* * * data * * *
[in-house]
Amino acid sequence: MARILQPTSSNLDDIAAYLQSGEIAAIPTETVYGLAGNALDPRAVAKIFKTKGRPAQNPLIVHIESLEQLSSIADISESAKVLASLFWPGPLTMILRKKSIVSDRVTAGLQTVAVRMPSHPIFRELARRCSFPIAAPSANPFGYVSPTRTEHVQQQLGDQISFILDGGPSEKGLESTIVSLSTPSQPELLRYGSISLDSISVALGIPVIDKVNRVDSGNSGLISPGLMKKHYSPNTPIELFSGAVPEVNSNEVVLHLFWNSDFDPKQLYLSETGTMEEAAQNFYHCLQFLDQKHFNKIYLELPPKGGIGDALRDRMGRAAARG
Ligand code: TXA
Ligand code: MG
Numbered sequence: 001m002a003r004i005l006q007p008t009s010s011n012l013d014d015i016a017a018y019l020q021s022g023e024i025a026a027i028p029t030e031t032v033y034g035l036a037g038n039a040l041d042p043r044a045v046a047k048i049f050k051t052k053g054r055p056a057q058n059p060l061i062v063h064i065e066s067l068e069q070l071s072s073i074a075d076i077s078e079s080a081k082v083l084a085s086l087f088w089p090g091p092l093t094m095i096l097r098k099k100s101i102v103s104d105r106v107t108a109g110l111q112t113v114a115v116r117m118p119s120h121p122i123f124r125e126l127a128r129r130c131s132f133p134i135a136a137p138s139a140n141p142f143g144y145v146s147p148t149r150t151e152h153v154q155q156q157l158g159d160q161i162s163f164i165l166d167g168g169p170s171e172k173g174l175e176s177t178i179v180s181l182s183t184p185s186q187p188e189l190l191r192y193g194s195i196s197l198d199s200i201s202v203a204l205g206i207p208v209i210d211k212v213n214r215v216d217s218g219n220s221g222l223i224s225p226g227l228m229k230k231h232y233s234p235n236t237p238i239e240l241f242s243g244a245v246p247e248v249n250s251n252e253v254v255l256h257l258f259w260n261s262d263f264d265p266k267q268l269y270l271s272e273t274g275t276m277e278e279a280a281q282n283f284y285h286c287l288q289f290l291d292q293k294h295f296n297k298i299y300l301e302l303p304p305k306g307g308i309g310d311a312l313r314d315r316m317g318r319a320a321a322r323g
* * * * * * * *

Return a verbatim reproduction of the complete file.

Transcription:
[in-house]
Amino acid sequence: MARILQPTSSNLDDIAAYLQSGEIAAIPTETVYGLAGNALDPRAVAKIFKTKGRPAQNPLIVHIESLEQLSSIADISESAKVLASLFWPGPLTMILRKKSIVSDRVTAGLQTVAVRMPSHPIFRELARRCSFPIAAPSANPFGYVSPTRTEHVQQQLGDQISFILDGGPSEKGLESTIVSLSTPSQPELLRYGSISLDSISVALGIPVIDKVNRVDSGNSGLISPGLMKKHYSPNTPIELFSGAVPEVNSNEVVLHLFWNSDFDPKQLYLSETGTMEEAAQNFYHCLQFLDQKHFNKIYLELPPKGGIGDALRDRMGRAAARG
Ligand code: TXA
Ligand code: MG
Numbered sequence: 001m002a003r004i005l006q007p008t009s010s011n012l013d014d015i016a017a018y019l020q021s022g023e024i025a026a027i028p029t030e031t032v033y034g035l036a037g038n039a040l041d042p043r044a045v046a047k048i049f050k051t052k053g054r055p056a057q058n059p060l061i062v063h064i065e066s067l068e069q070l071s072s073i074a075d076i077s078e079s080a081k082v083l084a085s086l087f088w089p090g091p092l093t094m095i096l097r098k099k100s101i102v103s104d105r106v107t108a109g110l111q112t113v114a115v116r117m118p119s120h121p122i123f124r125e126l127a128r129r130c131s132f133p134i135a136a137p138s139a140n141p142f143g144y145v146s147p148t149r150t151e152h153v154q155q156q157l158g159d160q161i162s163f164i165l166d167g168g169p170s171e172k173g174l175e176s177t178i179v180s181l182s183t184p185s186q187p188e189l190l191r192y193g194s195i196s197l198d199s200i201s202v203a204l205g206i207p208v209i210d211k212v213n214r215v216d217s218g219n220s221g222l223i224s225p226g227l228m229k230k231h232y233s234p235n236t237p238i239e240l241f242s243g244a245v246p247e248v249n250s251n252e253v254v255l256h257l258f259w260n261s262d263f264d265p266k267q268l269y270l271s272e273t274g275t276m277e278e279a280a281q282n283f284y285h286c287l288q289f290l291d292q293k294h295f296n297k298i299y300l301e302l303p304p305k306g307g308i309g310d311a312l313r314d315r316m317g318r319a320a321a322r323g